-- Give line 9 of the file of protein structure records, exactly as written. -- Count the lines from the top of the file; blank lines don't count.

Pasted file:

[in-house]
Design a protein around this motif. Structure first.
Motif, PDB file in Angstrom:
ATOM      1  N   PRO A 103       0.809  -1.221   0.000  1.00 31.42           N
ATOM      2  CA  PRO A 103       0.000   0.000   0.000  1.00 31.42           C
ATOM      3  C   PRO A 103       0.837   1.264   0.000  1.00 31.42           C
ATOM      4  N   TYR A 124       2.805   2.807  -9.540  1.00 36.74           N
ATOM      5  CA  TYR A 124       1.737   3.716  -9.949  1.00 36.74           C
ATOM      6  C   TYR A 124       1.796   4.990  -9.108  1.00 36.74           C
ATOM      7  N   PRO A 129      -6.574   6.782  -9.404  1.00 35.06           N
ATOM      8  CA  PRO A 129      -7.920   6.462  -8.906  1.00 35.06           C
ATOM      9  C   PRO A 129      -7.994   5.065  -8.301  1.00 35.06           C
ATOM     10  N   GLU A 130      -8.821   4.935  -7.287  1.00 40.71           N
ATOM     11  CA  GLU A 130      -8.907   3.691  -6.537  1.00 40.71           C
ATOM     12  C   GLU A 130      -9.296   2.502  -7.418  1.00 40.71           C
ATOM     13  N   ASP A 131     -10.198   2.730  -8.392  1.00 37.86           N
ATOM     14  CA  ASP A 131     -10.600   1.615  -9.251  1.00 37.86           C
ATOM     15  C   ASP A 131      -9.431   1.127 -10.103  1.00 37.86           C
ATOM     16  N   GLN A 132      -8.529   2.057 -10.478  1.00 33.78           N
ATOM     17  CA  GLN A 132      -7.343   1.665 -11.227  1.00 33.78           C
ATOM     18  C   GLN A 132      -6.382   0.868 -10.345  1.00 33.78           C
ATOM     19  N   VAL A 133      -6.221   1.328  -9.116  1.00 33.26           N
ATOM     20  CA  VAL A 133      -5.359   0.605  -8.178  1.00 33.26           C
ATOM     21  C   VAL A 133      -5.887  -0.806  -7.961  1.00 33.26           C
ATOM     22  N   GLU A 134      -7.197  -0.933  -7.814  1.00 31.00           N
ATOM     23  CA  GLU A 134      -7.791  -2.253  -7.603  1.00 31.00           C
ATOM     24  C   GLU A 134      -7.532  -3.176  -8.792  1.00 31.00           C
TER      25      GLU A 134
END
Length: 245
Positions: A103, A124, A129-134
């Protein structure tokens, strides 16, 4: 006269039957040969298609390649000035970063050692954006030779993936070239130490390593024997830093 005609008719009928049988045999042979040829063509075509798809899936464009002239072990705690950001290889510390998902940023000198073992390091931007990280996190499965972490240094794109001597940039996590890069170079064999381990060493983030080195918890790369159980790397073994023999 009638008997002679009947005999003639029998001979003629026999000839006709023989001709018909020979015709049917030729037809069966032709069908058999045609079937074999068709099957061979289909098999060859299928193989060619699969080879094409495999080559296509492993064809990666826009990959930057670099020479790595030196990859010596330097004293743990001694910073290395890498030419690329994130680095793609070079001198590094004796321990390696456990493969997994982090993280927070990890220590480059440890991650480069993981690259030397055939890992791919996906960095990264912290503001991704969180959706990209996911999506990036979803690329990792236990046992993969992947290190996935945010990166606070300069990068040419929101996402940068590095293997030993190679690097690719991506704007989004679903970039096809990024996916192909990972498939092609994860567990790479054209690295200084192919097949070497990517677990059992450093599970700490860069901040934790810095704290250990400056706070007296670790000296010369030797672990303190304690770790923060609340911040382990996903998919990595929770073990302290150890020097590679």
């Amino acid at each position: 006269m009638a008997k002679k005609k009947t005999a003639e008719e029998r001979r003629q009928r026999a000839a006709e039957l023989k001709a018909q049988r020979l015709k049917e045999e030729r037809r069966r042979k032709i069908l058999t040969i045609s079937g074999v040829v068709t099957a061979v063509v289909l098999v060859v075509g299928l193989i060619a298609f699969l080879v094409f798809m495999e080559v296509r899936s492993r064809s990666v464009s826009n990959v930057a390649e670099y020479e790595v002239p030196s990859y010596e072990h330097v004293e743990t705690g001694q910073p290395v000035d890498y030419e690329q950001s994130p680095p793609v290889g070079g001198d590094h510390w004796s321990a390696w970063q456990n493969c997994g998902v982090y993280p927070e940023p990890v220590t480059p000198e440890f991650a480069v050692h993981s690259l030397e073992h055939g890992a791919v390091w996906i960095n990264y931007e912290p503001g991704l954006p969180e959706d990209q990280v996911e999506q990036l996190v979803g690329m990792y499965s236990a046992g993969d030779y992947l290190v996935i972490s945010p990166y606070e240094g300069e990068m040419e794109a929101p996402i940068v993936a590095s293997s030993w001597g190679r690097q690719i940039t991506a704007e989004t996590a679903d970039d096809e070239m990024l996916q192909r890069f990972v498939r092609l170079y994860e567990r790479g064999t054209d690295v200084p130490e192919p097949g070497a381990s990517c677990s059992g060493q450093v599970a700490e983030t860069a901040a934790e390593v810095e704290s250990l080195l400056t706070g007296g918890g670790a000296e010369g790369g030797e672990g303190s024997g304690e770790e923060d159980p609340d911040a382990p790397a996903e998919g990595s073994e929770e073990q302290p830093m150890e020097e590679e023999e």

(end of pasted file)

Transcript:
ATOM      6  C   TYR A 124       1.796   4.990  -9.108  1.00 36.74           C